Viewers who do not wear corrective spectacles while viewing motion pictures may easily wear existing cardboard or plastic framed 3-D eyewear. Viewers requiring corrective spectacles in order to view motion pictures must wear existing 3-D eyewear over, or on top of/in front of, their corrective spectacles. This combination of eyewear is an annoyance for users because users do not want to wear two pairs of glasses. Two pairs of glasses are cumbersome and uncomfortable.

There are problems with today's eyewear as constructed with temple-pieces and frames that can result in a viewing experience that is not entirely pleasurable. Manufacturers construct 3-D eyewear products with a one-size-fits-all philosophy that reduces the image quality perceived by the user. Reduced image quality results from the 3-D eyewear being unable to provide uniform coverage over each eye due to the size of the corrective spectacles and alignment of both pairs of glasses. Manufacturers of 3-D eyewear have attempted to improve their cardboard and plastic framed eyewear in an attempt to increase the comfort of spectacle-users. However, the traditional construction methods using temple-pieces and frames have yet to produce a comfortable and satisfying experience for spectacle-users.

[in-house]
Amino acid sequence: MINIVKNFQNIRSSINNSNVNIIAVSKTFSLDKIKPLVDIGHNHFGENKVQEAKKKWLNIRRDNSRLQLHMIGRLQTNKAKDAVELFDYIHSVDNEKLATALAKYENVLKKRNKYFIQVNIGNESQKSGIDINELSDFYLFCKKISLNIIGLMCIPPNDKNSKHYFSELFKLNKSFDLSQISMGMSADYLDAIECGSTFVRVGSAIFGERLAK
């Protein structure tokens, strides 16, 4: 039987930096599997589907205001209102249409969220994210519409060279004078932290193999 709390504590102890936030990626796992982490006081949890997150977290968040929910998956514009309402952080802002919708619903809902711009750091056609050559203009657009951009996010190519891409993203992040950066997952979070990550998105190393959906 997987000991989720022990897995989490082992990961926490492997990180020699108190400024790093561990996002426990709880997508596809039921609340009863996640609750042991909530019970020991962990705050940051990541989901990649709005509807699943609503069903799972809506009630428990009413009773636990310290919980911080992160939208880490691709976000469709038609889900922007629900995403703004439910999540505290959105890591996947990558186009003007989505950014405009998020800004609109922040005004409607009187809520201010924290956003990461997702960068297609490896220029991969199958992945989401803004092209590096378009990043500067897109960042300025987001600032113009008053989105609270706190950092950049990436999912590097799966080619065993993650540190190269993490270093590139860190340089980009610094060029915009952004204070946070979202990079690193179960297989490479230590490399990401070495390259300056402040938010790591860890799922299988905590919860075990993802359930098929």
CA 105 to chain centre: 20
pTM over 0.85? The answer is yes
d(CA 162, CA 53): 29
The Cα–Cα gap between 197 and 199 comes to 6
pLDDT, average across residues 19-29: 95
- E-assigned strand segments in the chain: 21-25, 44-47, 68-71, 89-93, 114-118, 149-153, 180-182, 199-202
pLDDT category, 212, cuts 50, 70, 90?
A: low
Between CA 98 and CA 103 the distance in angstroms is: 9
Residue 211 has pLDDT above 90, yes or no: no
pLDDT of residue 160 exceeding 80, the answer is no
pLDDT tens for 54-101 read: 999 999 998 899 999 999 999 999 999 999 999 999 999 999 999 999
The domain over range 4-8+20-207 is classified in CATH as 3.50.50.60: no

Today's cardboard and plastic 3-D eyewear implementations include temple-pieces and frames that are relatively expensive, especially when considering that movie theaters typically supply 3-D eyewear at no charge to the user. The 3-D eyewear is frequently designed for one use only and is disposable. As more movies are presented in the stereoscopic image format, this cost to the movie theaters will continue to increase.

Thus it would be advantageous to offer a 3-D eyewear design that provides stereoscopic image selection, high visual quality, user comfort and ease of use particularly when employed with corrective eyeglasses or spectacles. In addition, lower construction cost is of great commercial importance.

SUMMARY OF THE INVENTION

According to one aspect of the present design, there is provided a set of eyewear for use with prescription spectacles comprising a plurality of selecting devices formed and configured to be attached to the spectacles to provide stereoscopic viewing of images when worn by a user wearing the spectacles.